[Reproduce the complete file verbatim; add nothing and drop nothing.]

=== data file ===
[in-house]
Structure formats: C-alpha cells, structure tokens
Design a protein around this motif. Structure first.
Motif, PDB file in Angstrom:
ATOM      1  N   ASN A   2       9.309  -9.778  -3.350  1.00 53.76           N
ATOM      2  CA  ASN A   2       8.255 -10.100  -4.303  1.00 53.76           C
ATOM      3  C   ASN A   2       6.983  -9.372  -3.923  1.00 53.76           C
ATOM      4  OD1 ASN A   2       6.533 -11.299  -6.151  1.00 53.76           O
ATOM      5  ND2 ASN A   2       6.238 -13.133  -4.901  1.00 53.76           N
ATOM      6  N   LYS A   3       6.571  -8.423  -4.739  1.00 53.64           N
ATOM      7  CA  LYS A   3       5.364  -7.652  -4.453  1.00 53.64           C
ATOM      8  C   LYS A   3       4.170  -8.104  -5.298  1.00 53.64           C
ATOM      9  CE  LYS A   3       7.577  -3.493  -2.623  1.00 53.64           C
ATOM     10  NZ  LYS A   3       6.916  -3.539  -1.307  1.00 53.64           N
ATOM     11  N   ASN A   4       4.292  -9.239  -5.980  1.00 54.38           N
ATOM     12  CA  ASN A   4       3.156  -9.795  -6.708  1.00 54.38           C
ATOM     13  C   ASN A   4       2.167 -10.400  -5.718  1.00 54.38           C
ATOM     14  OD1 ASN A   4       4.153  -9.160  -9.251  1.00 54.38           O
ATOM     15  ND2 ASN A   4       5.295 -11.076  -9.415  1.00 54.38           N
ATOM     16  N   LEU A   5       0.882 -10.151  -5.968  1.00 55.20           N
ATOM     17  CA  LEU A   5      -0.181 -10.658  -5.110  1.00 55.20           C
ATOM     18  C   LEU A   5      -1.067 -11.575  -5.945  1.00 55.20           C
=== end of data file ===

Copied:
[in-house]
Structure formats: C-alpha cells, structure tokens
Design a protein around this motif. Structure first.
Motif, PDB file in Angstrom:
ATOM      1  N   ASN A   2       9.309  -9.778  -3.350  1.00 53.76           N
ATOM      2  CA  ASN A   2       8.255 -10.100  -4.303  1.00 53.76           C
ATOM      3  C   ASN A   2       6.983  -9.372  -3.923  1.00 53.76           C
ATOM      4  OD1 ASN A   2       6.533 -11.299  -6.151  1.00 53.76           O
ATOM      5  ND2 ASN A   2       6.238 -13.133  -4.901  1.00 53.76           N
ATOM      6  N   LYS A   3       6.571  -8.423  -4.739  1.00 53.64           N
ATOM      7  CA  LYS A   3       5.364  -7.652  -4.453  1.00 53.64           C
ATOM      8  C   LYS A   3       4.170  -8.104  -5.298  1.00 53.64           C
ATOM      9  CE  LYS A   3       7.577  -3.493  -2.623  1.00 53.64           C
ATOM     10  NZ  LYS A   3       6.916  -3.539  -1.307  1.00 53.64           N
ATOM     11  N   ASN A   4       4.292  -9.239  -5.980  1.00 54.38           N
ATOM     12  CA  ASN A   4       3.156  -9.795  -6.708  1.00 54.38           C
ATOM     13  C   ASN A   4       2.167 -10.400  -5.718  1.00 54.38           C
ATOM     14  OD1 ASN A   4       4.153  -9.160  -9.251  1.00 54.38           O
ATOM     15  ND2 ASN A   4       5.295 -11.076  -9.415  1.00 54.38           N
ATOM     16  N   LEU A   5       0.882 -10.151  -5.968  1.00 55.20           N
ATOM     17  CA  LEU A   5      -0.181 -10.658  -5.110  1.00 55.20           C
ATOM     18  C   LEU A   5      -1.067 -11.575  -5.945  1.00 55.20           C